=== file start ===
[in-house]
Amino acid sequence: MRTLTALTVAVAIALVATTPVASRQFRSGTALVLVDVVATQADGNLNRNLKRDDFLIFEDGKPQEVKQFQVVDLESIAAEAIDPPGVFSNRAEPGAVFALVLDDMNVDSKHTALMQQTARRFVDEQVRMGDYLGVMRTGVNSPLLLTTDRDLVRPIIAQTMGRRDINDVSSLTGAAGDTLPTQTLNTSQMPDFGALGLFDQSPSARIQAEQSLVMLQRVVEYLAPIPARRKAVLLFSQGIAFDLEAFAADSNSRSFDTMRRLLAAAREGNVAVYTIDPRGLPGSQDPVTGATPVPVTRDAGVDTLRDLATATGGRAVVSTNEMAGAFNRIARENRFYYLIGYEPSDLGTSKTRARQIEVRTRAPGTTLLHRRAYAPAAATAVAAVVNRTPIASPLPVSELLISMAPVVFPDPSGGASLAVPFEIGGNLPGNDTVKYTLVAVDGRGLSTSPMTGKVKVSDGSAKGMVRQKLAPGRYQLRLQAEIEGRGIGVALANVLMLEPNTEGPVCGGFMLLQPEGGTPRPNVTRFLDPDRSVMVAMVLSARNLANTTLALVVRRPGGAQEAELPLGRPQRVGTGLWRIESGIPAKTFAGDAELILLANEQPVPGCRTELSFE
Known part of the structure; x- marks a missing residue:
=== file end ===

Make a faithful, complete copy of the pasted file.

[in-house]
Amino acid sequence: MRTLTALTVAVAIALVATTPVASRQFRSGTALVLVDVVATQADGNLNRNLKRDDFLIFEDGKPQEVKQFQVVDLESIAAEAIDPPGVFSNRAEPGAVFALVLDDMNVDSKHTALMQQTARRFVDEQVRMGDYLGVMRTGVNSPLLLTTDRDLVRPIIAQTMGRRDINDVSSLTGAAGDTLPTQTLNTSQMPDFGALGLFDQSPSARIQAEQSLVMLQRVVEYLAPIPARRKAVLLFSQGIAFDLEAFAADSNSRSFDTMRRLLAAAREGNVAVYTIDPRGLPGSQDPVTGATPVPVTRDAGVDTLRDLATATGGRAVVSTNEMAGAFNRIARENRFYYLIGYEPSDLGTSKTRARQIEVRTRAPGTTLLHRRAYAPAAATAVAAVVNRTPIASPLPVSELLISMAPVVFPDPSGGASLAVPFEIGGNLPGNDTVKYTLVAVDGRGLSTSPMTGKVKVSDGSAKGMVRQKLAPGRYQLRLQAEIEGRGIGVALANVLMLEPNTEGPVCGGFMLLQPEGGTPRPNVTRFLDPDRSVMVAMVLSARNLANTTLALVVRRPGGAQEAELPLGRPQRVGTGLWRIESGIPAKTFAGDAELILLANEQPVPGCRTELSFE
Known part of the structure; x- marks a missing residue: